Hands On HTC has unwrapped its make-or-break flagship for 2016, the Ten, and we’ve had a look.
The successor to the hit M8 and flop M9 features much-improved cameras front and back, sports a close-to-stock implementation of Android, and packs one major surprise... it’s the first non-Apple phone to license Apple’s AirPlay.
TVs and stereos with an Apple TV hooked up are accessible to the Ten.
Great sound quality has always been an HTC boast and the Ten grabs the laurels again. It handles 24bit hi-res audio, all the major codecs are supported and it supports “Personal Audio Profiles”.
Together with JBL, HTC has developed what it claims is the first USB-C earphone, which presented me with a convincing bass in a solid sound stage. The built-in speakers are still stereo, modelled on grown up speakers with a “tweeter” at the top and “woofer” at the bottom.
Style-wise the Ten continues in the family tradition but dispenses with the top and bottom front stereo speakers, adding instead a Samsung-style fingerprint sensor. Credit is due to the designers for giving the 10 the character of its predecessors while jettisoning such a signature feature.
The device feels more comfortable too: easier to grip than the sloppy M8, but without the sharp edge of the M9. The display glass curves down lightly and there's a deep chamfer around the rear. Maybe it's just me and my accrued memory of other devices.
The 10 feels considerably larger than the Galaxy S7 – it's about 3.5mm taller than the current Samsung flagship – but it's 9g lighter.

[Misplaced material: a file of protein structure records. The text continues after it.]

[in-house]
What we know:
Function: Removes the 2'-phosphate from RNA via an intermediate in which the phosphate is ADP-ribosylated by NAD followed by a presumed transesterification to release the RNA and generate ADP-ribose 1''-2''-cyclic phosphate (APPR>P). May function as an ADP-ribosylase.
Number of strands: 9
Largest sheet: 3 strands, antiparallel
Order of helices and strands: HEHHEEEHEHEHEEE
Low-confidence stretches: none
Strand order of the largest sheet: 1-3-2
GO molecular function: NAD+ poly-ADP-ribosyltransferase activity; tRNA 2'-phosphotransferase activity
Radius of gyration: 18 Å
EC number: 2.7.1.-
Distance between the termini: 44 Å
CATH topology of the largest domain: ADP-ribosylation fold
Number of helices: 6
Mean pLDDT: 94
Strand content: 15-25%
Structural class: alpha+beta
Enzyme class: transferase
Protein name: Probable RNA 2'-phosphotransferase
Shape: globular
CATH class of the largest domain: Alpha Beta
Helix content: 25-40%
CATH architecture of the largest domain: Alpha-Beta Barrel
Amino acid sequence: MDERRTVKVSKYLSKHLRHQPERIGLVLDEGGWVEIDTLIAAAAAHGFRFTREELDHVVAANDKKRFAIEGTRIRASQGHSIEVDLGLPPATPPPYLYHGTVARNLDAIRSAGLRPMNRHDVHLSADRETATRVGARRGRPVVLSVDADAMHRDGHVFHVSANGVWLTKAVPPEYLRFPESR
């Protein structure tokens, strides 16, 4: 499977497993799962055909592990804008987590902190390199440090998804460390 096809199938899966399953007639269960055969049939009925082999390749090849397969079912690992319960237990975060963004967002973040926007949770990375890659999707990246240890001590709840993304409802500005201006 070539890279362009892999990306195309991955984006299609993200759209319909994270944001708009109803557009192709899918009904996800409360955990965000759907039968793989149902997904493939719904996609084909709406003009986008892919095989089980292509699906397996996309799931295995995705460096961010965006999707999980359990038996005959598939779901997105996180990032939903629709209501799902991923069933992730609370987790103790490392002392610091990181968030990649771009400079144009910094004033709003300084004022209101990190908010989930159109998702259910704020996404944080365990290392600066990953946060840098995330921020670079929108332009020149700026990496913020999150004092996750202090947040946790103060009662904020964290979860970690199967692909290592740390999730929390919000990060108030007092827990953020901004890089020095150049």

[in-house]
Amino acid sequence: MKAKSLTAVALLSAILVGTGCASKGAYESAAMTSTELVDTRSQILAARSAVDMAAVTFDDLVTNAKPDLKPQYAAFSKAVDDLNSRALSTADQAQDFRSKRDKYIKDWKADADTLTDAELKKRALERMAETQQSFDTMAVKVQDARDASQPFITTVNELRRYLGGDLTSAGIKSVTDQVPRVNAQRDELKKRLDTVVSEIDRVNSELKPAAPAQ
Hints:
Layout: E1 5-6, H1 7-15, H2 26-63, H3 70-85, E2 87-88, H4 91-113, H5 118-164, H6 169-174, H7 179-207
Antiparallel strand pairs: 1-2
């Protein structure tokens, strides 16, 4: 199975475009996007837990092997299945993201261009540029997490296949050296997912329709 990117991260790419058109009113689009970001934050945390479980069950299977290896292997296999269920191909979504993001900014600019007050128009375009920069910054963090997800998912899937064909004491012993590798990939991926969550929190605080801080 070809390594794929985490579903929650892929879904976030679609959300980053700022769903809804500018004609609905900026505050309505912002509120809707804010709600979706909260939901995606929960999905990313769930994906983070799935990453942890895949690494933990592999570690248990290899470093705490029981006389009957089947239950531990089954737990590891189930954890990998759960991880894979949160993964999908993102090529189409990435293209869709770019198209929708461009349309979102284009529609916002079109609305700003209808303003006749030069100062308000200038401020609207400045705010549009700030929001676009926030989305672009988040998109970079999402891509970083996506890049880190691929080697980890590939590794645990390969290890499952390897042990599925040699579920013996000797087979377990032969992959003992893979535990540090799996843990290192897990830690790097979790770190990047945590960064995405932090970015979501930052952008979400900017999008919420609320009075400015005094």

The camera features an 5MP f/1.8 front selfie cam with optical image stabilisation (OIS) – another first, HTC claims – and a greatly improved main camera. Formally 12MP, the main snapper looked impressive in the brief tests we did, with both laser and 3x infra red AF, 1.55um pixels and f/1.8 aperture. Like the Huawei/Leica tie up, this camera stores RAW images.
The responsive 5.2 inch full HD display checks in at 564ppi. HTC claims it has a faster response time (120ms) than any Android rival. HTC is claiming much improved battery performance from the built in 3000mAh pack, and Qualcomm 3.0 rapid charging. HTC says it still thinks Rapid Charging has more utility than wireless charging, but Samsung has again managed to support both.
The software side shows signs of retrenchment. Long gone are the days when HTC bundled ambitious offerings of its own, such as Friend Stream, or even tried to impose its own elegant style over Android.
"We’ve worked with Google to reboot the UI,” HTC says, ominously, and at first sight it's indistinguishable from stock. The notifications shade could be any $100 Shenzhen generic.
HTC continues with its own Dialer, Contacts and Messaging apps, now given a Material design makeover. But its excellent Gallery app, with funky thumbnail video previews, has been retired in favour of Google’s Photos. Google has grabbed the design in other ways, forcefully injecting a Google search bar into the Recent Apps / Task Switcher. Rather annoyingly, there’s no way to turn this off.
With a nod to the encroachment of the mainland Chinese upstarts there’s a bundled Boost maintenance app, monitoring background apps and cleaning up RAM and storage. The Blinkfeed reader lingers on, but HTC also bundles an insidious Flipboard clone called News Republic, which sucks your bandwidth before you've even started it for the first time. (It's also on the Samsung Galaxy S7). So much for avoiding duplication.
Bob's Your Uncle: HTC's Freestyle layout
The one UI innovation this time round is called Freestyle, which allows you to create odd-sized and even hidden widgets, and place them anywhere on the home screen. We’ll see how theme designers take advantage of this – a demo screen looked like Microsoft Bob.
The camera app has been tweaked slightly, but retains a familiar look n'feel:
Pricing should be confirmed later today. The device will be available from May, in the three colours you see here. ®